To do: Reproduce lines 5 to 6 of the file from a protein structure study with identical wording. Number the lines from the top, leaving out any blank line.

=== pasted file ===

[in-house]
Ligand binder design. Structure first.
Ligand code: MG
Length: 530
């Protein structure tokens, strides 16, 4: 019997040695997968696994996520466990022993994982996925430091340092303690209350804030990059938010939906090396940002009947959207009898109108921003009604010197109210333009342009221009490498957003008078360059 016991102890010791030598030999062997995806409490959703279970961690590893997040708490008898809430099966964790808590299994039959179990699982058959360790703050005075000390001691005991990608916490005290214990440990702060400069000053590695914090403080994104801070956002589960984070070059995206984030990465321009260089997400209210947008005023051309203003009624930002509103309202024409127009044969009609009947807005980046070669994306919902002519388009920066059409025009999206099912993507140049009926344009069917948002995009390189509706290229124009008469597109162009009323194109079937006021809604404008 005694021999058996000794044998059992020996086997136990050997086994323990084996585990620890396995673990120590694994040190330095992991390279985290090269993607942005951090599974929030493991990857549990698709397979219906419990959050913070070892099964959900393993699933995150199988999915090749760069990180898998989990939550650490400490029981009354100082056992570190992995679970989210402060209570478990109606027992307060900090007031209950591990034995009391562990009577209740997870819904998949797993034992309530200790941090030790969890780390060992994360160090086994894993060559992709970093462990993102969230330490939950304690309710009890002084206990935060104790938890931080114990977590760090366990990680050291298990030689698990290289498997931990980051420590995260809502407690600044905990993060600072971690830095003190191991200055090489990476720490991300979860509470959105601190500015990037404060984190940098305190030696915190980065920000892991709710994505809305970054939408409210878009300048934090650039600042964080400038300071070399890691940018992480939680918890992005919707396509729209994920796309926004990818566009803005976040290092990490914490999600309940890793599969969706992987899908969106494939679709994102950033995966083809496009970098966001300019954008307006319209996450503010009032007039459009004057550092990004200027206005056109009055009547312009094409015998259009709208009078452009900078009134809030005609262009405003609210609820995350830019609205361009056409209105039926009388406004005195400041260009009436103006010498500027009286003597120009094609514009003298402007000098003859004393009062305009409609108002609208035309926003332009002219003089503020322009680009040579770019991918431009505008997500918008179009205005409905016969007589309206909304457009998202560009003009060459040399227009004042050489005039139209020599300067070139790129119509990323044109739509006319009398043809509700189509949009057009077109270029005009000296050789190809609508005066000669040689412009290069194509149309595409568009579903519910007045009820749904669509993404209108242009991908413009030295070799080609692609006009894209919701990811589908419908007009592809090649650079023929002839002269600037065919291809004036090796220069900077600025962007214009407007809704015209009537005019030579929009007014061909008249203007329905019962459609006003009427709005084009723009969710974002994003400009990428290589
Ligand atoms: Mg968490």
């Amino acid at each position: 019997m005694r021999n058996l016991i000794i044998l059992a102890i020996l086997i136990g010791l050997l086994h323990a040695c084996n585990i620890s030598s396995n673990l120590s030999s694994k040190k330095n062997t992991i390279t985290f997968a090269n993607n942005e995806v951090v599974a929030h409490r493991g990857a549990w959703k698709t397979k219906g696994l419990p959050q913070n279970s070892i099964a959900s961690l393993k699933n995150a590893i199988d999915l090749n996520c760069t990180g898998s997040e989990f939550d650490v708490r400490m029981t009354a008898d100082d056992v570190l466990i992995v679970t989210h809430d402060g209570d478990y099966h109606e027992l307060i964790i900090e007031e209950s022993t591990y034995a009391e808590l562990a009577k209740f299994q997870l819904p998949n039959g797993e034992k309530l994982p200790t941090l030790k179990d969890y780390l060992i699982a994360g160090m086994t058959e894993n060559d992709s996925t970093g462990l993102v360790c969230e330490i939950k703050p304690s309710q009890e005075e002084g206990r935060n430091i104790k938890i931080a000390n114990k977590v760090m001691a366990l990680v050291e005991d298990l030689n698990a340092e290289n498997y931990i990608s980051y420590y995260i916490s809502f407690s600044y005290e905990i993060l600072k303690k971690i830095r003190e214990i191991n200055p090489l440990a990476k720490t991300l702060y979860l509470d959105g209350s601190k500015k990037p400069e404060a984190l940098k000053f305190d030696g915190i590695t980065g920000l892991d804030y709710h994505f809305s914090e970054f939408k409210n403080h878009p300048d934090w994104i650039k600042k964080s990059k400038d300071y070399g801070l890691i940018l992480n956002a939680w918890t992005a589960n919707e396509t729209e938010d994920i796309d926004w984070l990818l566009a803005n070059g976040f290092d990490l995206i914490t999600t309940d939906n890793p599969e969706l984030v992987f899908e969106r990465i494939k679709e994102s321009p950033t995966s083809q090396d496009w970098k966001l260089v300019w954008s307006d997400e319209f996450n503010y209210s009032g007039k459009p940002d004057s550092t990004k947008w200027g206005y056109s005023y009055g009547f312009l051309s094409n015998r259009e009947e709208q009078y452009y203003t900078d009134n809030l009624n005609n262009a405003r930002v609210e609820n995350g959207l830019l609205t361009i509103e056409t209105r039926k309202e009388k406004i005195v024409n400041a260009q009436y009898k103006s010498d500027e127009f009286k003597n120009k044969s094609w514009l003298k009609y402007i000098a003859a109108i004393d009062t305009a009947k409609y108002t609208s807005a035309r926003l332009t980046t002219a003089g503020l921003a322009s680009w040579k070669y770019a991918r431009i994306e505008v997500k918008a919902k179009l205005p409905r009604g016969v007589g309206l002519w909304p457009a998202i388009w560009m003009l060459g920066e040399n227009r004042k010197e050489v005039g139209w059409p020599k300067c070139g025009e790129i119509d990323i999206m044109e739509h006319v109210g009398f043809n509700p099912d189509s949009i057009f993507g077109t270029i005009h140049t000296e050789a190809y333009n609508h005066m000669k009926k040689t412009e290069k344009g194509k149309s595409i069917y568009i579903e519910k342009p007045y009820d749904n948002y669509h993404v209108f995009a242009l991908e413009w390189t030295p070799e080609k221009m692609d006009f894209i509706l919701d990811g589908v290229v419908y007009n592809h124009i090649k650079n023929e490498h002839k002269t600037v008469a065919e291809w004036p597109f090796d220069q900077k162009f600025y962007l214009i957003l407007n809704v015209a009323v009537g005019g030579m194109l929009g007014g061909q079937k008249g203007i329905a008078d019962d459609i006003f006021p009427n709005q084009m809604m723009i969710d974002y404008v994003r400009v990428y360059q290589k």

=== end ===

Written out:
């Protein structure tokens, strides 16, 4: 019997040695997968696994996520466990022993994982996925430091340092303690209350804030990059938010939906090396940002009947959207009898109108921003009604010197109210333009342009221009490498957003008078360059 016991102890010791030598030999062997995806409490959703279970961690590893997040708490008898809430099966964790808590299994039959179990699982058959360790703050005075000390001691005991990608916490005290214990440990702060400069000053590695914090403080994104801070956002589960984070070059995206984030990465321009260089997400209210947008005023051309203003009624930002509103309202024409127009044969009609009947807005980046070669994306919902002519388009920066059409025009999206099912993507140049009926344009069917948002995009390189509706290229124009008469597109162009009323194109079937006021809604404008 005694021999058996000794044998059992020996086997136990050997086994323990084996585990620890396995673990120590694994040190330095992991390279985290090269993607942005951090599974929030493991990857549990698709397979219906419990959050913070070892099964959900393993699933995150199988999915090749760069990180898998989990939550650490400490029981009354100082056992570190992995679970989210402060209570478990109606027992307060900090007031209950591990034995009391562990009577209740997870819904998949797993034992309530200790941090030790969890780390060992994360160090086994894993060559992709970093462990993102969230330490939950304690309710009890002084206990935060104790938890931080114990977590760090366990990680050291298990030689698990290289498997931990980051420590995260809502407690600044905990993060600072971690830095003190191991200055090489990476720490991300979860509470959105601190500015990037404060984190940098305190030696915190980065920000892991709710994505809305970054939408409210878009300048934090650039600042964080400038300071070399890691940018992480939680918890992005919707396509729209994920796309926004990818566009803005976040290092990490914490999600309940890793599969969706992987899908969106494939679709994102950033995966083809496009970098966001300019954008307006319209996450503010009032007039459009004057550092990004200027206005056109009055009547312009094409015998259009709208009078452009900078009134809030005609262009405003609210609820995350830019609205361009056409209105039926009388406004005195400041260009009436103006010498500027009286003597120009094609514009003298402007000098003859004393009062305009409609108002609208035309926003332009002219003089503020322009680009040579770019991918431009505008997500918008179009205005409905016969007589309206909304457009998202560009003009060459040399227009004042050489005039139209020599300067070139790129119509990323044109739509006319009398043809509700189509949009057009077109270029005009000296050789190809609508005066000669040689412009290069194509149309595409568009579903519910007045009820749904669509993404209108242009991908413009030295070799080609692609006009894209919701990811589908419908007009592809090649650079023929002839002269600037065919291809004036090796220069900077600025962007214009407007809704015209009537005019030579929009007014061909008249203007329905019962459609006003009427709005084009723009969710974002994003400009990428290589
Ligand atoms: Mg968490």